This series of blog posts will address existing and emergent concerns about ethics in the education technology market. The goal of this series is to help technology entrepreneurs begin to think through and respond to the risks their companies face with regard to ethical challenges. Failure to develop an effective and clear ethics policy has destroyed multi-million dollar companies, and will do so again in the future. Too often, entrepreneurs think that they can wait to respond to ethical concerns until after their product has become successful. We have observed over and over again that the most successful products are designed with the ethical use of that product in mind. These posts will encourage readers to consider how successes and failures in the technology market can be understood in terms of ethical approach.
Data Ethics in Education Technology
How data is used in education technology can determine the success or failure of a company. By looking at the history of the ed tech market we can learn how good ethics forms the foundation of successful ed tech companies.
The debate about the role of big data in education has sometimes been cast as a dispute between reformers and traditionalists. Reformers are described as those who support technology as the solution to the problems of the education system, whereas traditionalists tend to support teacher pay increases, reduced class sizes, etc. as the better approach. This debate has often conflated multiple ethical questions within education technology under the same heading: concerns about big data. Disentangling the concerns surrounding the processes of education data is mandatory if companies are to effectively formulate and communicate sound ethical data use policies to their current and potential users. When it comes to ed tech, good intentions and high hopes for digital tools are not enough—parents, teachers and students need concrete evidence that the providers are not merely interested in the bottom line.
Fully understanding what’s at stake requires that we distinguish between issues of data privacy, data commercialization and predictive data modeling. By separating and clarifying threads of the discussion we can better understand the ethical questions in the discussion, avoiding the politicized binary in the debate. I will address each of these issues in separate posts, beginning here with a discussion of some notable successes and failures around data privacy. This will allow us to respond to the technological needs of stakeholders with greater care and efficiency.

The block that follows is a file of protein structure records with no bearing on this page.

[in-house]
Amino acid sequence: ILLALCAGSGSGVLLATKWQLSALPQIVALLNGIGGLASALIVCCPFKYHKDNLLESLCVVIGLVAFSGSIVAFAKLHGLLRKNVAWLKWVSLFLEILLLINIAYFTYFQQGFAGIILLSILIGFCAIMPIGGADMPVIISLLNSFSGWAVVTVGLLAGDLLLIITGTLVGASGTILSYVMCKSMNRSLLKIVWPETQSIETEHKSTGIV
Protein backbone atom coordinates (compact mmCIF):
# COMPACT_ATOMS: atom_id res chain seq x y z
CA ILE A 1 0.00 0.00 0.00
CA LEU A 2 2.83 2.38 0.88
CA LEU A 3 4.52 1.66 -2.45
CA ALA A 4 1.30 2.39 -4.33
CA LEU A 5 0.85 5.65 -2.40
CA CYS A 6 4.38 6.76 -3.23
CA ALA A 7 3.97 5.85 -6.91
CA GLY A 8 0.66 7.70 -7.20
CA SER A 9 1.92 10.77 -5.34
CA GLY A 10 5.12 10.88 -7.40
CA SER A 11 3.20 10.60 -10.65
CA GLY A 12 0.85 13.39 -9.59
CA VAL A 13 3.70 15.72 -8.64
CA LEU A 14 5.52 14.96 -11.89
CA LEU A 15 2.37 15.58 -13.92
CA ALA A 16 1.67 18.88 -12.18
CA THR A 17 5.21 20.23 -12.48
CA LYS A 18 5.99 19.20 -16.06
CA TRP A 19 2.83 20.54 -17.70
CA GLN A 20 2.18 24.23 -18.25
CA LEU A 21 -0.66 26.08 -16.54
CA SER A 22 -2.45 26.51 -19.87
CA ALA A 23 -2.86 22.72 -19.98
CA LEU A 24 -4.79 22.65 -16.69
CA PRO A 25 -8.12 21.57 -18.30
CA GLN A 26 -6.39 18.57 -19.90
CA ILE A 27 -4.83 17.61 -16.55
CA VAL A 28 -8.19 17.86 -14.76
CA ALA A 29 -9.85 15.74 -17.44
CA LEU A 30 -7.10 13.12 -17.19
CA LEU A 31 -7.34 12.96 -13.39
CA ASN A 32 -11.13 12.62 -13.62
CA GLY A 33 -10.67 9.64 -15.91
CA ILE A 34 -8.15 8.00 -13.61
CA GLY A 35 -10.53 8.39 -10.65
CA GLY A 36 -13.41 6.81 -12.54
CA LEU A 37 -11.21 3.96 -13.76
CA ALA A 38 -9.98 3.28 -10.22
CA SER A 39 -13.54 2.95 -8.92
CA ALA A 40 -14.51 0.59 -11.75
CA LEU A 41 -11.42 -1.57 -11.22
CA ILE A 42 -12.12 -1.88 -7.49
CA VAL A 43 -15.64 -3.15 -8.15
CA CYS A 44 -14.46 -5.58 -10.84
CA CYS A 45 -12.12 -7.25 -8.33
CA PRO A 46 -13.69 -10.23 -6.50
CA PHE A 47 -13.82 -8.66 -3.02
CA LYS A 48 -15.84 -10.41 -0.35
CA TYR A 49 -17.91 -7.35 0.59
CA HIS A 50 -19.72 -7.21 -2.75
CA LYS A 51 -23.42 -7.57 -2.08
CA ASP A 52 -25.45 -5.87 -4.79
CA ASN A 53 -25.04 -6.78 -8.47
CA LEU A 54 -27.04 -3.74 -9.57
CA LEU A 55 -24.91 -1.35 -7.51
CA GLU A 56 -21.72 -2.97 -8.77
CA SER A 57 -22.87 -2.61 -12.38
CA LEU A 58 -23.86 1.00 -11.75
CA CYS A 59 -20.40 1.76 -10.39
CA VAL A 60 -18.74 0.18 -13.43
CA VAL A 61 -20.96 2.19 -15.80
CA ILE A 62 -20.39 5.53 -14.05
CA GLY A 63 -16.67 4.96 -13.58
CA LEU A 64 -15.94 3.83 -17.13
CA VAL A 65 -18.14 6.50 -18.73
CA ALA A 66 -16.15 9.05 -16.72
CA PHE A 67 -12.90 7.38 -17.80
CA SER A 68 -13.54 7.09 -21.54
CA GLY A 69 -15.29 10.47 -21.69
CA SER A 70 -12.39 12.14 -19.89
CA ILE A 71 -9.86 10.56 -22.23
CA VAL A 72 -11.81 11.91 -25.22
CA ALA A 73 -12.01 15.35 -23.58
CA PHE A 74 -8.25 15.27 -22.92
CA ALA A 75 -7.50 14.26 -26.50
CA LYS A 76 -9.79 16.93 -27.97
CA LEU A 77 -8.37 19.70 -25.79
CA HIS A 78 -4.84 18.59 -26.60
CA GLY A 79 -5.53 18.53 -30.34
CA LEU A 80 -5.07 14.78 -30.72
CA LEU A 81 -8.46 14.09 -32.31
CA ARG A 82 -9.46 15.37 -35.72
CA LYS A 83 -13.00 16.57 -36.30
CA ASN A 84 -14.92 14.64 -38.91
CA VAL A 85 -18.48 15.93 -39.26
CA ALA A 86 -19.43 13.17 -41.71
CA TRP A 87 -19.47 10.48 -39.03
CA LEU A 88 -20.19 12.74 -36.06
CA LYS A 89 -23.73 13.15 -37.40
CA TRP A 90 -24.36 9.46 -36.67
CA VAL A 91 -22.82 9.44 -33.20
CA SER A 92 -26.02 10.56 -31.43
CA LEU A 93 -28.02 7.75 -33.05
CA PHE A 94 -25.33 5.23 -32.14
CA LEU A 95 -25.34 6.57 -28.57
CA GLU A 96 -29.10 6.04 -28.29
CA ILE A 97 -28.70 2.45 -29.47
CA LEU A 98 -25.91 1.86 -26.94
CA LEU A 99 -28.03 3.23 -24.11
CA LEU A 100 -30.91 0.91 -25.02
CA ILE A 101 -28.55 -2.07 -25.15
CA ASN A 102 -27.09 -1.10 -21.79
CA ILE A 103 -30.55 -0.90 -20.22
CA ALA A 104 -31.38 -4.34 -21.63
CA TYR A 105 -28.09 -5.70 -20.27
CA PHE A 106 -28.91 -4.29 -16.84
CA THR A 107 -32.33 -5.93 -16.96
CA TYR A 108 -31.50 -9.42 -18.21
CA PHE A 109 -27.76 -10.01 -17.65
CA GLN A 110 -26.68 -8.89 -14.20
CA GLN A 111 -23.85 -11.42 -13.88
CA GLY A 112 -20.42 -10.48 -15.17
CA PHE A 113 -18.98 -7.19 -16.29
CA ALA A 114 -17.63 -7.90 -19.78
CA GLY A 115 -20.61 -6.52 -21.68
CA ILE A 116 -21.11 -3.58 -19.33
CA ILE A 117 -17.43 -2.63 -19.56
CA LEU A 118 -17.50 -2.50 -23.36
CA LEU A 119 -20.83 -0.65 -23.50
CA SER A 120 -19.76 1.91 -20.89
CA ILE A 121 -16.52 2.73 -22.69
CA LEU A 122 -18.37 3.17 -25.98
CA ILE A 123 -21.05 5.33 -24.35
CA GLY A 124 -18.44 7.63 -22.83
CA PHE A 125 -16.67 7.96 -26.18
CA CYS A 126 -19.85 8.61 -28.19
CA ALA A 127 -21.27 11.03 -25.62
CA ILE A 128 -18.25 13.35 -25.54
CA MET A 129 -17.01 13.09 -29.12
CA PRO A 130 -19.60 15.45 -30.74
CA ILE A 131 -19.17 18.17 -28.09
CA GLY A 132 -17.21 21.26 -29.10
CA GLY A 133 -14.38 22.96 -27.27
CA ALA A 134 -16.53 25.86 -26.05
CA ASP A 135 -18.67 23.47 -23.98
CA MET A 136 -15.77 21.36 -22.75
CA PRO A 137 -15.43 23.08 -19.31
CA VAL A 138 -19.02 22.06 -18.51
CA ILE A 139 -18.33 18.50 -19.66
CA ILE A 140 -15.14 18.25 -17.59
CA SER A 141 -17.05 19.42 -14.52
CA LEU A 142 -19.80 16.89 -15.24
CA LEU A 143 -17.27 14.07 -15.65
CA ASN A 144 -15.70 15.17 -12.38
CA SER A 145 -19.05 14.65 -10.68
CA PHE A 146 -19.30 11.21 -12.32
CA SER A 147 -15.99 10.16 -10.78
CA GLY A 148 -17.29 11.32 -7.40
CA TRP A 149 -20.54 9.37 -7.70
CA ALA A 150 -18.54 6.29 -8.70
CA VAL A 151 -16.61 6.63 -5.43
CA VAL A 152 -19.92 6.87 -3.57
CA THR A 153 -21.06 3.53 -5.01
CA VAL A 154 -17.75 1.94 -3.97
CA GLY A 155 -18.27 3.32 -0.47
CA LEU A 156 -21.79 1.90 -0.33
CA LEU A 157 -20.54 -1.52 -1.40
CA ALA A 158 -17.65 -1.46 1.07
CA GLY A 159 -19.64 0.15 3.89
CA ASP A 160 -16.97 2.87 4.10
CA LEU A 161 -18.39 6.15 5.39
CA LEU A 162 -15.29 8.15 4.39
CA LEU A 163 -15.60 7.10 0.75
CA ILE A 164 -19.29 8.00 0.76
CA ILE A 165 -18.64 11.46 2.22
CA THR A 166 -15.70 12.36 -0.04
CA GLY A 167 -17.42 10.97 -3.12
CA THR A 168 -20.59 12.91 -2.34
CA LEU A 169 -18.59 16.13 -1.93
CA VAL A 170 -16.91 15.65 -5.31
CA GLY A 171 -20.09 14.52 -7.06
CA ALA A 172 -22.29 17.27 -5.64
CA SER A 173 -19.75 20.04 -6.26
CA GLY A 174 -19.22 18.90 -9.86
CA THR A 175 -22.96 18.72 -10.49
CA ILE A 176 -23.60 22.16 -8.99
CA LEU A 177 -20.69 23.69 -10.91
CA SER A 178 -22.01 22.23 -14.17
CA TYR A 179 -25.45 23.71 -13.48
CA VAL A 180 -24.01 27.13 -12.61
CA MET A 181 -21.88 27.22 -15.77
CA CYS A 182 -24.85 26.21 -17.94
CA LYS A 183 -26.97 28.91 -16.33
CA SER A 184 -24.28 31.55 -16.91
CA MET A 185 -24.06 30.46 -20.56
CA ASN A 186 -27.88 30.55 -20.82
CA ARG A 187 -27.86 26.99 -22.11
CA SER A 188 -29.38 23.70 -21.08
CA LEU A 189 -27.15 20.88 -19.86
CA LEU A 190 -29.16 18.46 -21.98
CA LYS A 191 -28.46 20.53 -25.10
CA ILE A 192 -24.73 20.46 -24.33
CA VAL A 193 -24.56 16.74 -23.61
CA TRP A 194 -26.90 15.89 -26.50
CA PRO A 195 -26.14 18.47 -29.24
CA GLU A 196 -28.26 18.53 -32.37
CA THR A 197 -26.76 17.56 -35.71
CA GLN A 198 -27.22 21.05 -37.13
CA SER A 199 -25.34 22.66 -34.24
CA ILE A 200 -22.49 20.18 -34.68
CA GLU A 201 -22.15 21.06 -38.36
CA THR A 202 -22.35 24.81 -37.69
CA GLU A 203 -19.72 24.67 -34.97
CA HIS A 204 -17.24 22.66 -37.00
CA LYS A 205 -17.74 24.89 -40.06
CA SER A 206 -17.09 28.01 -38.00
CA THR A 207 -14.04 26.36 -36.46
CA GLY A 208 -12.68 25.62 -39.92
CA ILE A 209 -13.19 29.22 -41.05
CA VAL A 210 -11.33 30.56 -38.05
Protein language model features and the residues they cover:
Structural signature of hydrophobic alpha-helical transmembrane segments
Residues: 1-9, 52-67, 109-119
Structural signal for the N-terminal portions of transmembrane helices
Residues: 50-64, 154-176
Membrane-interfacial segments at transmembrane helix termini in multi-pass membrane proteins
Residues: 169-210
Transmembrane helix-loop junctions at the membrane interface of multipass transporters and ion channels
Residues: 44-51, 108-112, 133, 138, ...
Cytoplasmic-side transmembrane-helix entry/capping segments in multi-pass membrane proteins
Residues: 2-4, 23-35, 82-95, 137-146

The ethical concerns around big data privacy became increasingly pronounced in 2014, and this discussion has become very visible in education technology. The very public collapse of InBloom in failing to properly communicate their policies on data handling helped to bring these questions to the forefront. As researchers Jules Polonetsky and Omer Tene have described it, InBloom’s rapid expansion “brought to the fore weighty policy choices, which required sophisticated technology leadership and policy articulation.” The necessary leadership and articulation was never achieved, and ultimately the public outcry against InBloom forced many districts to end their relationship with company. The lesson to be learned here is not that big data analytics are a failed solution to the problems of our education system, but that big data practices need to be more carefully articulated. Education data needs to be focused on generating demonstrable learning outcomes, rather than the mere collection of data itself. One notable feature of InBloom’s failed policy was the move to collect as many data points about students as possible, rather than targeting data collection practices around specific hypotheses. The “collect and then measure” approach to education data is a mistake. Ed tech companies need to be able to say why they are collecting each data set and exactly what that data is going to achieve. Data practices must also include robust and simple privacy policies and be explained in ways that are easily understandable to the public if they are to succeed.
Mere legal compliance does little to assuage the concerns of school administrators, teachers, students and parents. Adequate privacy legislation has yet emerge in response to the new technological realities we now live with, especially with regard to education. Researchers recognize that “as many businesses have learned firsthand, in an area as fraught with social sensitivities and frequent misperceptions as privacy, legal compliance does not make up for a lack of coherent policy vision.” This suggests that there is no one-size-fits-all policy vision available in EdTech—companies will need to customize and iterate their business plans around a core set of values.
Some companies such as Vivoinspire have sought to avoid storing student data associated with a particular student name, thus avoiding the privacy issue almost entirely. Other companies may need to keep student data associated with student names in order for their software to function, and these organizations have an especially great need to clearly articulate their use of student data. Companies of this type will need to focus extra resources on security and encryption, and make it a point to clearly express their commitment to privacy to administrators, teachers, and parents.
In the next post I will discuss the questions around commercialization and monetization in ed tech with a view to designing products that meet rigorous ethical standards while also supporting a profitable organization.